“Tell me, Reba, is it right that a bar mitzvah should break a little boy’s heart? And his mother’s and father’s, too? The little one will have a hard time remembering she’s got a brother by the time he comes back” (220).

This unresolved dilemma left Reba struggling with conflicting messages and solutions. She wants the best for her son, for him to indulge in and partake of his Jewish culture. But he did not having the opportunity to do so in Concordia. The only way for him to do this was to leave the family and live up north with his traditional Jewish grandparents, aunts and uncles and cousins. Reba knew that her son’s departure would disconnection him from the family. It would never be the same:

My mother couldn’t understand this fine point. Of course she wanted Joey to go, but of course she didn’t want him to go (pg. 220).

Although Reba ultimately did make the decision to send her son off to New York, she ended up with a negative outcome: losing her son in the long run. Once her son experienced Jewish culture in New York, he never wanted to leave to return to Concordia. Reba experienced rewards in pushing and immersing her son in her Jewish culture, but she also felt the costs with him leaving and never desiring to return to a place where there was nothing tying or binding him to that culture—with him leaving her and the rest of the family.

Reba again found herself caught in less painful double bind situation when she had to compromise her attitude on an issue towards which she felt strongly: the overworking of children. When Miss Brookie came by her house to persuade her to talk with the management of the shoe factory about working children for long, twelve and fourteen-hour days, Reba was caught in a bind. Having expressed her negative feelings to Miss Brookie before about children working in factories period, let alone for long, strenuous hours, Reba felt obligated as a friend to accompany Miss Brookie to the factory. As a traditional Jewish female, the last thing Reba wanted was for her children not to have an equal opportunity due to working long hours for low wages—or any children, regardless if they were her children, for that matter. Mr. Bronson, however, depended on the shoe factory for his business and needed to stay on good terms with management there. Being Jewish and an outsider as it was, Mr. Bronson needed the factory in order to keep his business afloat, for the Gentiles controlled business in his town. Reba was caught in a double bind:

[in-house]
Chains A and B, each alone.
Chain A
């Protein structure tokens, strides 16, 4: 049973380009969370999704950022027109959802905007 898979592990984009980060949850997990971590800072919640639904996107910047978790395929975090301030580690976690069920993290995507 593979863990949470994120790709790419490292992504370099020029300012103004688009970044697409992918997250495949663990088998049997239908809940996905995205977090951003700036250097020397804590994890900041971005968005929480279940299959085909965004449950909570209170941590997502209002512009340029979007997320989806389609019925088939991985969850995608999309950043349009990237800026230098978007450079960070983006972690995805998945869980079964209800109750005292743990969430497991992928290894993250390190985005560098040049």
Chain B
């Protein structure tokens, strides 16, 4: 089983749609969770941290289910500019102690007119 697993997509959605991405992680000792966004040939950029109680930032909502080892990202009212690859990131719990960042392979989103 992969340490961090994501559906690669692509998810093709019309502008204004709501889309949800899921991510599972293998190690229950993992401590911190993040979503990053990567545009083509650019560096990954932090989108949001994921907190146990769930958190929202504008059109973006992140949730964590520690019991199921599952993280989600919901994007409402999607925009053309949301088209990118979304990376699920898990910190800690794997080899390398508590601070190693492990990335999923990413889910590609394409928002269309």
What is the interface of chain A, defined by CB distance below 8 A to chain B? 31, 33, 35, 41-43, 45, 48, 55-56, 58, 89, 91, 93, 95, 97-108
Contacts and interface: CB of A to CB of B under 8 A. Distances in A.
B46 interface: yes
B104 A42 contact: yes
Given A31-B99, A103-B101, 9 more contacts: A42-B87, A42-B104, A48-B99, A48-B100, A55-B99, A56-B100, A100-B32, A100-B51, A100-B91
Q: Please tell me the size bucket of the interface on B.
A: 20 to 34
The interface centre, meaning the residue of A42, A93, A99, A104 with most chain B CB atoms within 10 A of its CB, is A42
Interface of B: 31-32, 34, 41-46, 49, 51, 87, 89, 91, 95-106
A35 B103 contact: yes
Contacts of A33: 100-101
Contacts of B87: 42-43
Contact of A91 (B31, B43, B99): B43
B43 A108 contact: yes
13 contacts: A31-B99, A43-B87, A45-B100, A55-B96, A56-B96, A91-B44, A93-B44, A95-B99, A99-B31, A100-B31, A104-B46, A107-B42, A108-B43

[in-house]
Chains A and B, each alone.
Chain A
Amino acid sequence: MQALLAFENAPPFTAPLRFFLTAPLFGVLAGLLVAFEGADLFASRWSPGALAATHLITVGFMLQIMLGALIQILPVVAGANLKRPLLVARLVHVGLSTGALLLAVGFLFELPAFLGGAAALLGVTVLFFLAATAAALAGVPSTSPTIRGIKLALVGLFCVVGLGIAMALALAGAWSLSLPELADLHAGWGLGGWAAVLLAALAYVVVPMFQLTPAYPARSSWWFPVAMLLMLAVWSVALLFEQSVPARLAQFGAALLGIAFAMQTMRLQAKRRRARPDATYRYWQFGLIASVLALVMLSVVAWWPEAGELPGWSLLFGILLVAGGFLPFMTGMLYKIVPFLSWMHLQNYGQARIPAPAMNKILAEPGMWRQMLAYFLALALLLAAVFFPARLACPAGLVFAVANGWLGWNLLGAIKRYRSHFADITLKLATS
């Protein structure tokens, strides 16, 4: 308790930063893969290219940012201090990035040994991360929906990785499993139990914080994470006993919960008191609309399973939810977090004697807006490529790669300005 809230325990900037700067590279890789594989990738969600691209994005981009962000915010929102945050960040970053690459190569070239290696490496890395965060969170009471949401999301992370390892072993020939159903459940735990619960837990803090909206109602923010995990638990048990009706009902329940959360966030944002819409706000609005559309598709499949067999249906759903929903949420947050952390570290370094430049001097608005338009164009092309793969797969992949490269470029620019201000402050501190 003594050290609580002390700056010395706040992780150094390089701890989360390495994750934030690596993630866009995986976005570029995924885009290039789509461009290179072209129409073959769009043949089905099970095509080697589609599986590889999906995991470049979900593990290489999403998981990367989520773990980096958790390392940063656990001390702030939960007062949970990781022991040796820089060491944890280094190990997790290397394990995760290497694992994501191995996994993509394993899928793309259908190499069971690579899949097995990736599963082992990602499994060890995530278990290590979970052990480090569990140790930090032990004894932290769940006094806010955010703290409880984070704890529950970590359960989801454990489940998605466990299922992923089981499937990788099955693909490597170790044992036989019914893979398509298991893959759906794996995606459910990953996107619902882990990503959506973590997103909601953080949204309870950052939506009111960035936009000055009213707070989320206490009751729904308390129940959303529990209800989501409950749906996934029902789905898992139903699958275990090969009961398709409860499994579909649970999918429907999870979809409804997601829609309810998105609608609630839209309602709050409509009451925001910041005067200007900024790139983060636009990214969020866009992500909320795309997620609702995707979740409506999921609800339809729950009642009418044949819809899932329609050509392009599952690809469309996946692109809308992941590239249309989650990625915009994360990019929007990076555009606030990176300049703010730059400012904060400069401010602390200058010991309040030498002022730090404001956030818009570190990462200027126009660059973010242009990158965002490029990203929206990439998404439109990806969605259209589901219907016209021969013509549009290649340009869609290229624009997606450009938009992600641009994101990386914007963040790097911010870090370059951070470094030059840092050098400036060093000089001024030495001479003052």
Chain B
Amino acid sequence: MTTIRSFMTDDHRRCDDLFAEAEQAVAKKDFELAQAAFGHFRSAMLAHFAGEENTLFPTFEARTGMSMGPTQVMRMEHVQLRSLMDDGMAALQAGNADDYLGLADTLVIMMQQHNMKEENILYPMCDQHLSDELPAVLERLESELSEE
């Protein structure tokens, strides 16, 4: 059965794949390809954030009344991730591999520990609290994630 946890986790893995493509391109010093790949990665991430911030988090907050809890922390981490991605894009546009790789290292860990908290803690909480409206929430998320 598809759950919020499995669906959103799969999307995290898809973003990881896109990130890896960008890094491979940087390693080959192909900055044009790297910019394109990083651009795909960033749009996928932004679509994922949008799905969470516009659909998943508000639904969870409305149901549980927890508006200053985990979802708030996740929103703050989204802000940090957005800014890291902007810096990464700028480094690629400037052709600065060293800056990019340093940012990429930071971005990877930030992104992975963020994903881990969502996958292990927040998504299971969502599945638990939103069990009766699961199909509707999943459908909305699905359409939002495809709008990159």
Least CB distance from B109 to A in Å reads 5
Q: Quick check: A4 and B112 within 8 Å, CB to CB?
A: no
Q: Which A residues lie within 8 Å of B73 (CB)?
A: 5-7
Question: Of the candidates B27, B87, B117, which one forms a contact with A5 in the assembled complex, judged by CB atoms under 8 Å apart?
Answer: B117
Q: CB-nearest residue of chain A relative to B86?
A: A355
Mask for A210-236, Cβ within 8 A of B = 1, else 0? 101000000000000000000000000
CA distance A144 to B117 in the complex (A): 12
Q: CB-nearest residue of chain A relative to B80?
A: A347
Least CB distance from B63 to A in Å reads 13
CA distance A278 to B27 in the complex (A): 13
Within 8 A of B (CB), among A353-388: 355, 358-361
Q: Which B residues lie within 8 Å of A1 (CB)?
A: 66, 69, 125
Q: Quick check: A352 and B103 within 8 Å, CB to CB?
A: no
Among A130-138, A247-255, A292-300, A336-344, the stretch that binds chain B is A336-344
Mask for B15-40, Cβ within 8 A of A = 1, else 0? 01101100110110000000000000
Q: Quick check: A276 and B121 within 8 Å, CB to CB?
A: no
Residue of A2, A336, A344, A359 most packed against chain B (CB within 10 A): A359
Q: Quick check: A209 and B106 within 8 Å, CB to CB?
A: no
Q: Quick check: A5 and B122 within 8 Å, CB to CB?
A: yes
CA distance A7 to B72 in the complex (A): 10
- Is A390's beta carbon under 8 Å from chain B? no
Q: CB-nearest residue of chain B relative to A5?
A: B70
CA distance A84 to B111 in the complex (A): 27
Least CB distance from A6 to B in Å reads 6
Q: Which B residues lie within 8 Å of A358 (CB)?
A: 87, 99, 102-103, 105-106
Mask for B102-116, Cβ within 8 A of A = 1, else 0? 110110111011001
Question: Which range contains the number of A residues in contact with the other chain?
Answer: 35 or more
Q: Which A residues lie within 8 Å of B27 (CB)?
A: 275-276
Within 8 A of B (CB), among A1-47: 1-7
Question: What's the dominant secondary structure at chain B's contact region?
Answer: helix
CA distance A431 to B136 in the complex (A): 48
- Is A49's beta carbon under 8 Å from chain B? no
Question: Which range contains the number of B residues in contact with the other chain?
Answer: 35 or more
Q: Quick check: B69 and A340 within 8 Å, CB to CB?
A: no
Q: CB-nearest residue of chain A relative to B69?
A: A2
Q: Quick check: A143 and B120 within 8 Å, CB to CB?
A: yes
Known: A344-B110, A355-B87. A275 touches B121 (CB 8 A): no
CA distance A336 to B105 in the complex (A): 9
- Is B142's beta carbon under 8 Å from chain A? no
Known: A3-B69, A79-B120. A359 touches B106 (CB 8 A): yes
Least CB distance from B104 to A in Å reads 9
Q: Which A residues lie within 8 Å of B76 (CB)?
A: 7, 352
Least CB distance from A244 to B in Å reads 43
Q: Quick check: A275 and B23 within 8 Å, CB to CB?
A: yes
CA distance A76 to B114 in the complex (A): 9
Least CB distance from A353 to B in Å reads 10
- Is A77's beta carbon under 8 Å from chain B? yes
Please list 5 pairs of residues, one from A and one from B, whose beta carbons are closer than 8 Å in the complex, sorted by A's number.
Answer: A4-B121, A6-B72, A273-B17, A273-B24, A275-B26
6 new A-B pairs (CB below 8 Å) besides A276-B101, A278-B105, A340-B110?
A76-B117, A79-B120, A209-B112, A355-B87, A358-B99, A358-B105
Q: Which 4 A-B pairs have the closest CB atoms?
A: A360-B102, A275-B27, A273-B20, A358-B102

My mother was of two minds about going with Miss Brookie: “To the bottom of my feet,” as she would say, she wanted to go, but the bottom of her feet were also warning her that we were in business, and how could she go and tell the boss of the factory, the factory that meant everything to the business, that he wasn’t doing right? Miss Brookie might not care if the boss got mad, but my mother had to. (pg. 175)

Reba thought she found a good solution by accompanying Miss Brookie to see the boss of the factory, but forcing herself to keep her mouth shut. When Reba was roped into the heat of the discussion to vouch for Miss Brookie, Reba said nothing. Miss Brookie then no longer saw a loyal companion in Reba, and Reba lost Miss Brookie’s friendship. On the other hand, the business aspect was secure—for the moment.